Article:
Flagging attendants: Louisvillians move to bring back old flag [News]

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This article appeared in the September 2010 issue of Louisville Magazine. To subscribe, please visit loumag.com.

In 1949, Louisville adopted a flag ornamented with 13 silver stars, a nod to America’s first 13 colonies, and three gold fleurs-de-lis, to honor the city’s French heritage. Fifty-four years later, when Louisville and Jefferson County governments merged, the new Louisville Metro, as it became known, issued a flag with a blue background and a design resembling the county seal. Quirky fact: The North American Vexillological Association — which, you know, studies flags — ranked the old one as one of the country’s top 10 city flags. The current banner? Not so much. Because it’s more detailed and includes words, it fits the association’s guidelines on how a flag should not look.

Now there’s a movement to bring the old one back.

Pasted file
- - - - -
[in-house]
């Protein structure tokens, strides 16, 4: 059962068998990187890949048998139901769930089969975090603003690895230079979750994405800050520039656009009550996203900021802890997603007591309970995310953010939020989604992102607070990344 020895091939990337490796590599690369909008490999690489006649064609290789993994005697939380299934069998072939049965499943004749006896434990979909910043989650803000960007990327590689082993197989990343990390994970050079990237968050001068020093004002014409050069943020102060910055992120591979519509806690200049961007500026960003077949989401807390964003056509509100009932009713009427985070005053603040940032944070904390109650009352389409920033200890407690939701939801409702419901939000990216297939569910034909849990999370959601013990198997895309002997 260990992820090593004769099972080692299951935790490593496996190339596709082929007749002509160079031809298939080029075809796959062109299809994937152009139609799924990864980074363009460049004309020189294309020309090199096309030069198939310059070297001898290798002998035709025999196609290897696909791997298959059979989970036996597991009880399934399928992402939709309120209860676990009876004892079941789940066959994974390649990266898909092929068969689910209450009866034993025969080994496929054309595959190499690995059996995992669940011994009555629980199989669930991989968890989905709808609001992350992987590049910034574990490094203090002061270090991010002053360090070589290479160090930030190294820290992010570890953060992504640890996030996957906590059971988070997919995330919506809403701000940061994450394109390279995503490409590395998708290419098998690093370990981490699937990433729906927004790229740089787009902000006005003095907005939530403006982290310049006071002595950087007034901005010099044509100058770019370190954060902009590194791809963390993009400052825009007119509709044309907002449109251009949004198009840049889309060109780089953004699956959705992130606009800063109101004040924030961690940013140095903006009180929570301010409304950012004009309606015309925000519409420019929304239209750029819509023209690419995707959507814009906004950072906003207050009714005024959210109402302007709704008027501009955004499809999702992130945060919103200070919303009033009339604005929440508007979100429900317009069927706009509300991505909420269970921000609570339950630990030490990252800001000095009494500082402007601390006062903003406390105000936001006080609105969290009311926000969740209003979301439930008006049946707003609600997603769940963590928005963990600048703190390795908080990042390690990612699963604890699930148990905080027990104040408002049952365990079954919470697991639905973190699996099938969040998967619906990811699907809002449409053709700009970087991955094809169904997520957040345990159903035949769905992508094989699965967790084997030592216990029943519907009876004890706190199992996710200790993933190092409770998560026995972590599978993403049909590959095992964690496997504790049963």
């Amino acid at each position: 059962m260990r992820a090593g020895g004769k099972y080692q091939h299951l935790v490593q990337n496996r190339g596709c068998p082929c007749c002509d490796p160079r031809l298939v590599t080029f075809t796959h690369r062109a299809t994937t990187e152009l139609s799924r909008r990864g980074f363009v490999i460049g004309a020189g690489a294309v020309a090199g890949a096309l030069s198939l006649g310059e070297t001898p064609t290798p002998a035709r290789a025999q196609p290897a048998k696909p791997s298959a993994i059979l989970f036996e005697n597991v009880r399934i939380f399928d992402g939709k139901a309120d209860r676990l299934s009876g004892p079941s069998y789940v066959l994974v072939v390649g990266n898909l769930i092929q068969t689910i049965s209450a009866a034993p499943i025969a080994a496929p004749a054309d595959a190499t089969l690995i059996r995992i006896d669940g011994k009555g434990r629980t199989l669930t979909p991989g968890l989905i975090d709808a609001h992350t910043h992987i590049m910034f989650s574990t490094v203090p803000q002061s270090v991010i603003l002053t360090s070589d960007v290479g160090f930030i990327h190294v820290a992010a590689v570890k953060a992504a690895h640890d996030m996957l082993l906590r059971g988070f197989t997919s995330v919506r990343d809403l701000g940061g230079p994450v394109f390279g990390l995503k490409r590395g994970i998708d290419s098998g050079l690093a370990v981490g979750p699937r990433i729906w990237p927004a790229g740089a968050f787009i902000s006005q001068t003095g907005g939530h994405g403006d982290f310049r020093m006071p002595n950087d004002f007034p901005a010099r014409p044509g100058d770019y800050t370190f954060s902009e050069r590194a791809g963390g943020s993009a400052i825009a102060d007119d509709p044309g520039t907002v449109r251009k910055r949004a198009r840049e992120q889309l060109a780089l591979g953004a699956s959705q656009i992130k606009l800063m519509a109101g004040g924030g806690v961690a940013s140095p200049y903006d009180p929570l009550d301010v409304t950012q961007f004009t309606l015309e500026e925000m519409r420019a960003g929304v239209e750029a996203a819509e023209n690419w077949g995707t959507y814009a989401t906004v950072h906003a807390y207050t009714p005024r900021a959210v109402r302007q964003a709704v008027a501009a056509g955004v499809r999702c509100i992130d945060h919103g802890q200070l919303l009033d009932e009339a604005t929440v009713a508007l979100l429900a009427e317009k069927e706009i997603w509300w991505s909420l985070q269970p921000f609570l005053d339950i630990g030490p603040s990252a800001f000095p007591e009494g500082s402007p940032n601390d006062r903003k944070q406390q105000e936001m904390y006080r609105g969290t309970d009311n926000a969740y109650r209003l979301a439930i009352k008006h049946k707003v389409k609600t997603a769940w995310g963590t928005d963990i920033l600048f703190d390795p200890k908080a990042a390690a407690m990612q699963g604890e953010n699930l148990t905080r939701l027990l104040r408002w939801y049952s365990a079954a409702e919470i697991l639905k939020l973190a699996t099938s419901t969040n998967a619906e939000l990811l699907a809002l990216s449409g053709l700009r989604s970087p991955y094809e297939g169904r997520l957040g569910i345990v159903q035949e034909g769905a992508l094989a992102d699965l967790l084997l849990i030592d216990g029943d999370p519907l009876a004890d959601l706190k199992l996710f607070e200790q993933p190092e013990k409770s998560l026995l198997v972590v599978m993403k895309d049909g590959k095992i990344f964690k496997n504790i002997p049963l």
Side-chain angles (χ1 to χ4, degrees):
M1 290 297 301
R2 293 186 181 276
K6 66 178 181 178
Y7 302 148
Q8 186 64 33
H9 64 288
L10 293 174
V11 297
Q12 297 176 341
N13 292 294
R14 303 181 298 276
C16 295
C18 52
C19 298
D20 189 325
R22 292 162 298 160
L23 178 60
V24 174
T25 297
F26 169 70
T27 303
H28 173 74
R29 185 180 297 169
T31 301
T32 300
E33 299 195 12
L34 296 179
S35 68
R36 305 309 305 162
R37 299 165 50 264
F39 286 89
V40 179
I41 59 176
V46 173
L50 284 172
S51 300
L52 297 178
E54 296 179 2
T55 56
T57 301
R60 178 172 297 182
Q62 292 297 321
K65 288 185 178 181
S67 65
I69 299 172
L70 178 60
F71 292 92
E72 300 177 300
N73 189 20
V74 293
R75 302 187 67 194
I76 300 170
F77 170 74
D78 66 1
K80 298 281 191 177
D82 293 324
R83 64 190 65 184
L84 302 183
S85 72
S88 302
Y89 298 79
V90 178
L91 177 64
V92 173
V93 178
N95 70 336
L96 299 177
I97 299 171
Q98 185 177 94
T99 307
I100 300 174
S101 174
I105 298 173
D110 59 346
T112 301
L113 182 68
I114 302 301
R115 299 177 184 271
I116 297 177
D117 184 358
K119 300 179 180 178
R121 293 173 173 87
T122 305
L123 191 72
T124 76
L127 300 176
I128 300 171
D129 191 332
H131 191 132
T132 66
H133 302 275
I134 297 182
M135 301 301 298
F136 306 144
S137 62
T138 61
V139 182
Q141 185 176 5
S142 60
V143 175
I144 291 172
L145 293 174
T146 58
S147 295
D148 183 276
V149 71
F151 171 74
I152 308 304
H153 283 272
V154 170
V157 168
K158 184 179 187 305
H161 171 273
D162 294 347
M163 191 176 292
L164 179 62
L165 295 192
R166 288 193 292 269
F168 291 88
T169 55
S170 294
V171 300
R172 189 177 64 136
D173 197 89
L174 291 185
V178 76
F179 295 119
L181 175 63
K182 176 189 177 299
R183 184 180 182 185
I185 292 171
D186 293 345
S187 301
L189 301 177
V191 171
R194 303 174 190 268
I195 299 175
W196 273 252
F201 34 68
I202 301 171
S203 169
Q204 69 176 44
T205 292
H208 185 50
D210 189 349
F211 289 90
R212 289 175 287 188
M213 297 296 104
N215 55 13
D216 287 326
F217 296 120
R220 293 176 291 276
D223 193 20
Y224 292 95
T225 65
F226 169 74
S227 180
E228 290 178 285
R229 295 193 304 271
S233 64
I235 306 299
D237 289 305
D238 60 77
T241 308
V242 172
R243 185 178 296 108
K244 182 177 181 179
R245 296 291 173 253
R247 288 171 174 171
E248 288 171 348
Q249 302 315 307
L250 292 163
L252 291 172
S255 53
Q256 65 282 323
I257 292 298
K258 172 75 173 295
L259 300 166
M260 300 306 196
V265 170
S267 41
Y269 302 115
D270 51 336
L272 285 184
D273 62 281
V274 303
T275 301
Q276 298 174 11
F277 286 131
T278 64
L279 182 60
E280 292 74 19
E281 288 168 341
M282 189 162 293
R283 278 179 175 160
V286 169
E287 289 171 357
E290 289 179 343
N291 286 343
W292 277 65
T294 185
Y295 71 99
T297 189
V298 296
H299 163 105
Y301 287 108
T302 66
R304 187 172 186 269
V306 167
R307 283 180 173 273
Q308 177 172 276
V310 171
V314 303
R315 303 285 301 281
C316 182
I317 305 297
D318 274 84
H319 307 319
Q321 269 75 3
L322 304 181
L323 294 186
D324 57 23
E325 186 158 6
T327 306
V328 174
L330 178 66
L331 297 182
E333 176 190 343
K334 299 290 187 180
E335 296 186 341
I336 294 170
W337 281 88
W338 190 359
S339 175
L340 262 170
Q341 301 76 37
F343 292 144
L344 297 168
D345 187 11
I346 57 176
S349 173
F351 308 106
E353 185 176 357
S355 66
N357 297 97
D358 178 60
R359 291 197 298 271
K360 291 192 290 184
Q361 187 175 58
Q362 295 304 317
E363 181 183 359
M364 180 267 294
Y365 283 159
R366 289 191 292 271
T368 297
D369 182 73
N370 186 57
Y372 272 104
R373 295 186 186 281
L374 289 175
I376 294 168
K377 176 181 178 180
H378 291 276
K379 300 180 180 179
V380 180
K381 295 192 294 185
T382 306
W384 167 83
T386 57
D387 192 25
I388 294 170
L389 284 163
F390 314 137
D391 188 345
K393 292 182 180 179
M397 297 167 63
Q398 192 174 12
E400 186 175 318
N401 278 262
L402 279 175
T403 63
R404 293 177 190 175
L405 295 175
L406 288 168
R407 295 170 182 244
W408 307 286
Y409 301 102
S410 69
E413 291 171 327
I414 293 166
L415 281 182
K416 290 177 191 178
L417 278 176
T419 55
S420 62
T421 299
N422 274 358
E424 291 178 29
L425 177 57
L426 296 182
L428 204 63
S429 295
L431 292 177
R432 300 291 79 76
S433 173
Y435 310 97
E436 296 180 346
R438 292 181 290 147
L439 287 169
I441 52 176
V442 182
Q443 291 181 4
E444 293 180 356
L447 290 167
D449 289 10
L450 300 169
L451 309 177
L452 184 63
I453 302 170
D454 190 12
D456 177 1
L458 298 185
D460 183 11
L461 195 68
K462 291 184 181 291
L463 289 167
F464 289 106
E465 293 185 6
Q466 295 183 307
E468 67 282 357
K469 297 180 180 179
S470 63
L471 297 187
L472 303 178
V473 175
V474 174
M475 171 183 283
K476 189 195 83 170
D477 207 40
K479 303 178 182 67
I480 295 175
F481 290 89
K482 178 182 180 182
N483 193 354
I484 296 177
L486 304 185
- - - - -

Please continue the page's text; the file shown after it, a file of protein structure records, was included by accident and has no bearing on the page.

The effort began in 2007. Charlie Farnsley, a financial planner and grandson of former Louisville Mayor Charles Farnsley, saw South Carolina flag stickers (crescent moon above a palmetto tree) on cars and wanted to create a similar, simple symbol of pride for Louisville. “I figured I’d do what South Carolina did, and I went and found the original Louisville flag,” he says. “We thought, if enough people started putting our stickers on their cars the city might bring back the old flag.”

His friends liked the stickers so much that Farnsley formed a small online company, Brand Louisville, to sell them, plus T-shirts and beer cozies emblazoned with the old flag. Justin Taylor, Farnsley’s friend and co-worker, recently joined Brand Louisville with a new plan to market the company’s products and improve the website (brandlouisville.com). He has also arranged a meeting with a representative from the mayor’s office, beginning the official campaign to change the flag. “It used to be like, ‘Hey, I must know that guy; he’s got one of those stickers on his car,’” Taylor says. “Now I’m starting to see them on cars I don’t know.”

Photo: Louisville Magazine